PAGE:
DynamiteManDynamite Man had a weathered face, the wrinkles of which were only partly covered by several days growth of dark beard. He wore a red baseball cap and had a shirt that was set free from being tucked into his pants. He pulled the items of his trade from several bags to make ready for the blasting of the rocks. Our contractor Marco and his workers had previously drilled, by pounding a long chisel with a sledge hammer, the holes Dynamite Man had requested. Now Diann and I watched as he made his own dynamite sticks, packing a cardboard tube with granules of dynamite. What we found interesting was that Dynamite Man smokes cigarettes, not while he’s packing the dynamite, however. In fact, I’m not sure he smokes other than when he’s ready to light the fuses to the dynamite, which is what he did with the cigarette (I assume this is what he did, I was hiding behind some bags of cement some distance away at the lighting of the fuse). KABOOM!!!i (This is how they show an explosion in the comic books, so I thought I would adopt the method here). Only a few small rocks flew skyward because Dynamite Man had laid an old box spring over where he had placed the dynamite and then laid a couple of large truck tires on top of the mattress. He set off about seven blasts. The rock was shattered enough for removal.

Dynamite is very useful, but it certainly needs to be respected. It got me to thinking that every Sunday morning should be a dynamite of a Sunday morning, the time when many of us gather with others to worship the Lord. I’m reminded of something Annie Dillard wrote, “Does anyone have the foggiest idea what sort of power we so blithely invoke? Or, as I suspect, does not one believe a word of it? The churches are children playing on the floor with their chemistry sets, mixing up a batch of TNT to kill a Sunday morning. It is madness to wear ladies’ straw hats and velvet hats to church; we should all be wearing crash helmets. Ushers should issue life preservers and signal flares: they should lash us to our pews.”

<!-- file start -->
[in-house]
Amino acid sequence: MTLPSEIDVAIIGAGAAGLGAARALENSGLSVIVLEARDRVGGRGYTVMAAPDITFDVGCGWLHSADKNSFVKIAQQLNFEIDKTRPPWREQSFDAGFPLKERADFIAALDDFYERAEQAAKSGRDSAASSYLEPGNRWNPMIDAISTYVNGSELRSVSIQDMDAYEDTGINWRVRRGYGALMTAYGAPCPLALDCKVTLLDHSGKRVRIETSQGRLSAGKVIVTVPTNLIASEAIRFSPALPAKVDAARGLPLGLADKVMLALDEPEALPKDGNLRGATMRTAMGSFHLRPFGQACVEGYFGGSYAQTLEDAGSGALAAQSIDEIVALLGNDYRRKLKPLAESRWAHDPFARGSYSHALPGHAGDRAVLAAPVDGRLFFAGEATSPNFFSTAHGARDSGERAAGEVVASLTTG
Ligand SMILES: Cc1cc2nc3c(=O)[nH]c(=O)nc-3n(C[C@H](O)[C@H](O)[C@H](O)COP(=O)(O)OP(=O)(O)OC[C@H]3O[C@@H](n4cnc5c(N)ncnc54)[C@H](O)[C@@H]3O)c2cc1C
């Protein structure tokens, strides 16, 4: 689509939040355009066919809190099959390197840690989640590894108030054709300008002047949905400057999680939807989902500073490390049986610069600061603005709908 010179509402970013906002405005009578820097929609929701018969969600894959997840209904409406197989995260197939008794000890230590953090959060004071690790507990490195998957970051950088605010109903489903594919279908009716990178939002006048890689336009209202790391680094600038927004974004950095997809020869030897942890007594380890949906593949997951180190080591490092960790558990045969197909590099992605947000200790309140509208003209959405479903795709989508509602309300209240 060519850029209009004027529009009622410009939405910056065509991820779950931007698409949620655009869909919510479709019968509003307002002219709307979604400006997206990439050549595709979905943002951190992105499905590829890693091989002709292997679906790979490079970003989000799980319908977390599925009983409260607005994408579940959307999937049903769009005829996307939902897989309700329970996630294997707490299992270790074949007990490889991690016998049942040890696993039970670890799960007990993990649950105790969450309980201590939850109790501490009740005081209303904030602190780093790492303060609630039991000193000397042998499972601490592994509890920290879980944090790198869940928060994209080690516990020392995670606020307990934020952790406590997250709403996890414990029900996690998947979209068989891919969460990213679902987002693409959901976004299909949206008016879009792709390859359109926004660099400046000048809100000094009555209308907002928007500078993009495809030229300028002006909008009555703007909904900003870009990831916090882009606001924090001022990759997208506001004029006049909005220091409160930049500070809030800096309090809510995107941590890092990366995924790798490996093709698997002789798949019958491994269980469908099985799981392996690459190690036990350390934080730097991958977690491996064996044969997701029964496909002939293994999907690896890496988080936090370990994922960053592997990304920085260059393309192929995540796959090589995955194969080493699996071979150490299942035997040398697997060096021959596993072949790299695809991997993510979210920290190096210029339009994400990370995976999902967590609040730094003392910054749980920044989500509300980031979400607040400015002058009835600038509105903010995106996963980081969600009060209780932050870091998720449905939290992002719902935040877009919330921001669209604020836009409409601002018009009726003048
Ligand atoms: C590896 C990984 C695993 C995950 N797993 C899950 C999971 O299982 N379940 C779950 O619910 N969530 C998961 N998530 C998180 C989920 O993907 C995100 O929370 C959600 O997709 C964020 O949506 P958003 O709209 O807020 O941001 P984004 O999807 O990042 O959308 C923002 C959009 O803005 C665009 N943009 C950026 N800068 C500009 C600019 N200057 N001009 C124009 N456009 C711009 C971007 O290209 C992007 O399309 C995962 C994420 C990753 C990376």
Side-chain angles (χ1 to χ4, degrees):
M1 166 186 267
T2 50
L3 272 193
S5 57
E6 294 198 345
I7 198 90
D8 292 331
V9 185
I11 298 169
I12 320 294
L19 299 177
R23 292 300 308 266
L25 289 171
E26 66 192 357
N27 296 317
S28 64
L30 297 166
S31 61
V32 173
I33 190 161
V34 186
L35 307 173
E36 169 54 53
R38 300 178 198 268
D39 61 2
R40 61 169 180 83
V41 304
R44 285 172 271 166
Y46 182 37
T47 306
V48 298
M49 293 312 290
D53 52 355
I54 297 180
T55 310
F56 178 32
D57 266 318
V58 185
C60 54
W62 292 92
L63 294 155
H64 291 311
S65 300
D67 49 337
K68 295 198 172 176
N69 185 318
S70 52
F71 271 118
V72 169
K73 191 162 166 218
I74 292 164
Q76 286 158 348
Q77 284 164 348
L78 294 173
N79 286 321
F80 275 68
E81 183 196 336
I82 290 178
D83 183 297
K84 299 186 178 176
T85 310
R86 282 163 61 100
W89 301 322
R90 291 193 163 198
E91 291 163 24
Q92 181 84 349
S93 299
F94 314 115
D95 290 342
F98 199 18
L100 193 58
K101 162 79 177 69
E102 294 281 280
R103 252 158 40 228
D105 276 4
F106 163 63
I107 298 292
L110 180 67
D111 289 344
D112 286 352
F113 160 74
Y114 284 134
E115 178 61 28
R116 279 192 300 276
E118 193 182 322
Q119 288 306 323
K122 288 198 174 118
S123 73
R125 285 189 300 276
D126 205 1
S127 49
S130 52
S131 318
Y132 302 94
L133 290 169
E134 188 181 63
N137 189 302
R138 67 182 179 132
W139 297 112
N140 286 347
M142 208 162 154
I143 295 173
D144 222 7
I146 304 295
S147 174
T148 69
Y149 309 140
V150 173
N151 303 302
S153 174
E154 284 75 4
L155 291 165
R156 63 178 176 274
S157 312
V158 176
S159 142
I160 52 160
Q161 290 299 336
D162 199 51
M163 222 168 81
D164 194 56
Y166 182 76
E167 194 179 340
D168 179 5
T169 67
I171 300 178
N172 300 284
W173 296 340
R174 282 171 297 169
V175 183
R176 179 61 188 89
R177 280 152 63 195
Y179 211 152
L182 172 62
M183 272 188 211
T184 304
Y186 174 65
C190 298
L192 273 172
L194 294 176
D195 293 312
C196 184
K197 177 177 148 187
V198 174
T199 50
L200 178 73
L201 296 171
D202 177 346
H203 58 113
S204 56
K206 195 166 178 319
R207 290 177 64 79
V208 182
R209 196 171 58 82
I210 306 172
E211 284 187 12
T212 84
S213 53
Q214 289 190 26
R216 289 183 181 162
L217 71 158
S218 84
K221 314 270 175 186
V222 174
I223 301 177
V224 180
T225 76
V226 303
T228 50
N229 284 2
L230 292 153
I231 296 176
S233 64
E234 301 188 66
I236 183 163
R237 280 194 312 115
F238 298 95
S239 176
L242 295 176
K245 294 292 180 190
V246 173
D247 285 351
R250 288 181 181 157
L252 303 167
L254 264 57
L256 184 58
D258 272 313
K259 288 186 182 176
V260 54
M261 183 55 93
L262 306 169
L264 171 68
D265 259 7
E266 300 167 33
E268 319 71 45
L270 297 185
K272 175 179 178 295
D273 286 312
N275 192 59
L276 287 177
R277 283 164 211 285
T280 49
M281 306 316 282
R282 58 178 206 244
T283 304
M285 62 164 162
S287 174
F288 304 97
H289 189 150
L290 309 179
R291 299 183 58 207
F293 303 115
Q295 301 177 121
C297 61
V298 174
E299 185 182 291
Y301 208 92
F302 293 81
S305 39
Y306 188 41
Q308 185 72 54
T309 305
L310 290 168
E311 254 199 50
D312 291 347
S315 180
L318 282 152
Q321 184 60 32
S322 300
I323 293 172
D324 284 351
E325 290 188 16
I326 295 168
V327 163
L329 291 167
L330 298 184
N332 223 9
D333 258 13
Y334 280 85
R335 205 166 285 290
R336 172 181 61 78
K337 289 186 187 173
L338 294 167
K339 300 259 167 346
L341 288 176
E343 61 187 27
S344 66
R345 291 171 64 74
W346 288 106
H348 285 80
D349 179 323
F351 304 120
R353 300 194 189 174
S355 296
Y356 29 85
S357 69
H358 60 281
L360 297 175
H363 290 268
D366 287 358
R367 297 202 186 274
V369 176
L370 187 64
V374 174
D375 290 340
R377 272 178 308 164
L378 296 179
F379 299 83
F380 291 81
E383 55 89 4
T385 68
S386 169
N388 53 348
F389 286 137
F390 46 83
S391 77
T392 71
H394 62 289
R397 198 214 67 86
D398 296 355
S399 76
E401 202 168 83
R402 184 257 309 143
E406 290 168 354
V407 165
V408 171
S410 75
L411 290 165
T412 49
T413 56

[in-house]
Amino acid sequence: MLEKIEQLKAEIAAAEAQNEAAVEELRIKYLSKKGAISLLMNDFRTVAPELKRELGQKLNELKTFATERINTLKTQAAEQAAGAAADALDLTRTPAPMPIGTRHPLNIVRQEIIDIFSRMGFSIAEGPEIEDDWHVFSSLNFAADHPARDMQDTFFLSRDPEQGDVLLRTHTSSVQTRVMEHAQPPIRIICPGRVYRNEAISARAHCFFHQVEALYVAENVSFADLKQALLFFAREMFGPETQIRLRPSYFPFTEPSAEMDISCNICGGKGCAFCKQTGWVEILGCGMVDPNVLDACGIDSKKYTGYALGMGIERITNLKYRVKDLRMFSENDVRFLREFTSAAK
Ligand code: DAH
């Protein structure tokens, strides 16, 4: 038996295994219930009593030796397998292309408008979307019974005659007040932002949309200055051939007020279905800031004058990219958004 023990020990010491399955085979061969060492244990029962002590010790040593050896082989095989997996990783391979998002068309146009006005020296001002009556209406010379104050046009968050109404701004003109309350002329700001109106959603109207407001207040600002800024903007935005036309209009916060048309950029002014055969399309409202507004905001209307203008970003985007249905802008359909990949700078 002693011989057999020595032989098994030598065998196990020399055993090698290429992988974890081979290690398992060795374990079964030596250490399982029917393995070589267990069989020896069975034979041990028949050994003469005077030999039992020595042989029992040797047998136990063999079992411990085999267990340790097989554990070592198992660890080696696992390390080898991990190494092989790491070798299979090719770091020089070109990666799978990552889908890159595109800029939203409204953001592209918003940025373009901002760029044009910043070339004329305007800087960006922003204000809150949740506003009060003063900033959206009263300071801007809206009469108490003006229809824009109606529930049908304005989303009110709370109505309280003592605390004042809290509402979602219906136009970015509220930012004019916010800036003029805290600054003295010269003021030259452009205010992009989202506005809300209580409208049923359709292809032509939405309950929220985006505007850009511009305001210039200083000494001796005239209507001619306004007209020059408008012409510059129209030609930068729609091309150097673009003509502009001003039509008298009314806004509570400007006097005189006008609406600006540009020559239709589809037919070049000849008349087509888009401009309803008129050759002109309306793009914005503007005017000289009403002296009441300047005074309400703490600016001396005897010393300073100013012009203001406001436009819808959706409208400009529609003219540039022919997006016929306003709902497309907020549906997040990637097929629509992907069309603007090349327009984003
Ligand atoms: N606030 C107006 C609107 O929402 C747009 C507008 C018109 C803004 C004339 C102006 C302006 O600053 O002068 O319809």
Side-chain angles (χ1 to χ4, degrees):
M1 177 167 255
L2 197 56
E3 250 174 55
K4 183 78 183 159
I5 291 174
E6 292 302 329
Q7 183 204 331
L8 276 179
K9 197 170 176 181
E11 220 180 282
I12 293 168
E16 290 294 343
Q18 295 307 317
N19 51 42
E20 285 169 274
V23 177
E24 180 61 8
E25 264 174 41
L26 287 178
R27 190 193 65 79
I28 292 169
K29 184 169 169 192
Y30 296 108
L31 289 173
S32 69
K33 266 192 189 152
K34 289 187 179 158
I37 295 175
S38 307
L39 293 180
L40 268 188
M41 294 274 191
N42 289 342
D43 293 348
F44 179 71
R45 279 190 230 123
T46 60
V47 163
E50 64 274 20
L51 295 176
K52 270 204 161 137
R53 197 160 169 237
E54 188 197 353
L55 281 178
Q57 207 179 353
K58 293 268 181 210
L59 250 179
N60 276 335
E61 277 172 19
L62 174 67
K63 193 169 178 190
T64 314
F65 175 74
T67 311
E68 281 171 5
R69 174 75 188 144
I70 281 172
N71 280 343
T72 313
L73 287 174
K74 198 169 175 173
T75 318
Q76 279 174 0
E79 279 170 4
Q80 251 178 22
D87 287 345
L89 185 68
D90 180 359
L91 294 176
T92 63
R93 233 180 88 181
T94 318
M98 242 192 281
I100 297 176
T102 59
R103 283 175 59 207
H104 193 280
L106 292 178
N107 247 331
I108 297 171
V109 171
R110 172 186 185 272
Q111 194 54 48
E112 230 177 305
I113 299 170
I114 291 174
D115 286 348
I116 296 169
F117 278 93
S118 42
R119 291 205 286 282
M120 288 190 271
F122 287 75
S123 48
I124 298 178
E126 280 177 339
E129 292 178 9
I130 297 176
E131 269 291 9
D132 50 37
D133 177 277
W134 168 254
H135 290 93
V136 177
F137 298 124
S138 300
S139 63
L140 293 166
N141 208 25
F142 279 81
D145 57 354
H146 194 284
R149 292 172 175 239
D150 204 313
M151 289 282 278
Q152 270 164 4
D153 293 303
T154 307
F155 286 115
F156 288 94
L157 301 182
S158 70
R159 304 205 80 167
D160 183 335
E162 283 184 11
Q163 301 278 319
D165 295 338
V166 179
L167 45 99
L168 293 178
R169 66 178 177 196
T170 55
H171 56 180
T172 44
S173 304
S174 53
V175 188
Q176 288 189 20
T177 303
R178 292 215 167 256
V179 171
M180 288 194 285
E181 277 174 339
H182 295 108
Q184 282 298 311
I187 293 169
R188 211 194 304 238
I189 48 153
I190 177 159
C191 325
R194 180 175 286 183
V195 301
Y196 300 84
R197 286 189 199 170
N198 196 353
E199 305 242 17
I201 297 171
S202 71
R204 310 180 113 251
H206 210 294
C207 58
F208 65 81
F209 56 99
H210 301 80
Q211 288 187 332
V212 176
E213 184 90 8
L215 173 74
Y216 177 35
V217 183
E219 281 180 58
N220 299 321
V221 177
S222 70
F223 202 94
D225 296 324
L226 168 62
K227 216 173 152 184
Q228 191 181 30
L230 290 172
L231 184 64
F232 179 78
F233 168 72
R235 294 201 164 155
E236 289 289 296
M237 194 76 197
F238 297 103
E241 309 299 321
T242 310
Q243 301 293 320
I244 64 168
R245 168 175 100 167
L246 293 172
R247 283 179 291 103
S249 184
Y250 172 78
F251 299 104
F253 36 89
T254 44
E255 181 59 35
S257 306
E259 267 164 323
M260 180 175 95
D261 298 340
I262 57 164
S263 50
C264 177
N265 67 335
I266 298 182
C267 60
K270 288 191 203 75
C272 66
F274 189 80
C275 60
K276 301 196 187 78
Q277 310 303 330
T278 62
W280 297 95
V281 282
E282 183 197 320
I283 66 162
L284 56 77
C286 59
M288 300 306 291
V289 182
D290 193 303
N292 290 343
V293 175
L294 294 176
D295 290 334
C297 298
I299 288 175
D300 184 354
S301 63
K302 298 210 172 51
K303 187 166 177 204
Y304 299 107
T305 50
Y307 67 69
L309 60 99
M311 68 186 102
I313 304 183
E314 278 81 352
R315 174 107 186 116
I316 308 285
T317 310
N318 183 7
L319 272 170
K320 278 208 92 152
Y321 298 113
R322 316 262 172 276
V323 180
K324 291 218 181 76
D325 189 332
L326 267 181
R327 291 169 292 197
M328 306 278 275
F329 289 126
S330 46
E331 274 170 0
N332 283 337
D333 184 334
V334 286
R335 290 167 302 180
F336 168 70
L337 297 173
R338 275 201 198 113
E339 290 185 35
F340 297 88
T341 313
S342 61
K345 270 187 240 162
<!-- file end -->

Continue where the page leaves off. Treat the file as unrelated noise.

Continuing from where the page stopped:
I sometimes remind myself when I’m praying in a comfortable and familiar way with the Lord that He is not only the ultimate Friend, my loving Heavenly Father, and indwelling Holy Spirit, but that He is also Lord God almighty, transcendent, and holy, holy, holy. I remember that when Moses asked to see God the Lord allowed Moses only to see His back because to see more of Him would have killed Moses. “Then Moses said, ‘Now show me your glory.’ And the Lord said, ‘I will cause all my goodness to pass in front of you, and I will proclaim my name, the Lord, in your presence. I will have mercy on whom I will have mercy, and I will have compassion on whom I will have compassion. But,’ he said, ‘you cannot see my face, for no one may see me and live.’ Then the Lord said, ‘There is a place near me where you may stand on a rock. When my glory passes by, I will put you in a cleft in the rock and cover you with my hand until I have passed by. Then I will remove my hand and you will see my back; but my face must not be seen.’” (Exodus 33:18-23)

I remember how Isaiah the prophet thought he was going to die when God revealed something significant of Himself to the prophet. “’Woe to me!’ I cried. ‘I am ruined! For I am a man of unclean lips, and I live among a people of unclean lips, and my eyes have seen the King, the Lord Almighty.’” (Isaiah 6:5) I remind myself that if God were to really reveal Himself to me on one of my prayer walks I would find myself face down eating dirt, full of fear and trepidation. As C.S. Lewis had a character say of Aslan the Lion (the Christ-figure) in the Chronicles of Narnia, “’Safe?’ said Mr. Beaver; ‘don’t you hear what Mrs. Beaver tells you? Who said anything about safe? ‘Course he isn’t safe. But he’s good. He’s the King, I tell you.’”

Yes, God is loving, tender, forgiving, compassionate, and full of grace and mercy. But God is also full of power beyond imagining and glory that is infinitely more brilliant than the biggest, brightest mega star. Balance in our belief in Him is key. That’s why I found this dynamite of a Sunday morning to be not only destructive to the rock but instructive for my walk of faith.

Yes, it was a dynamite of a Sunday morning! We had a blast!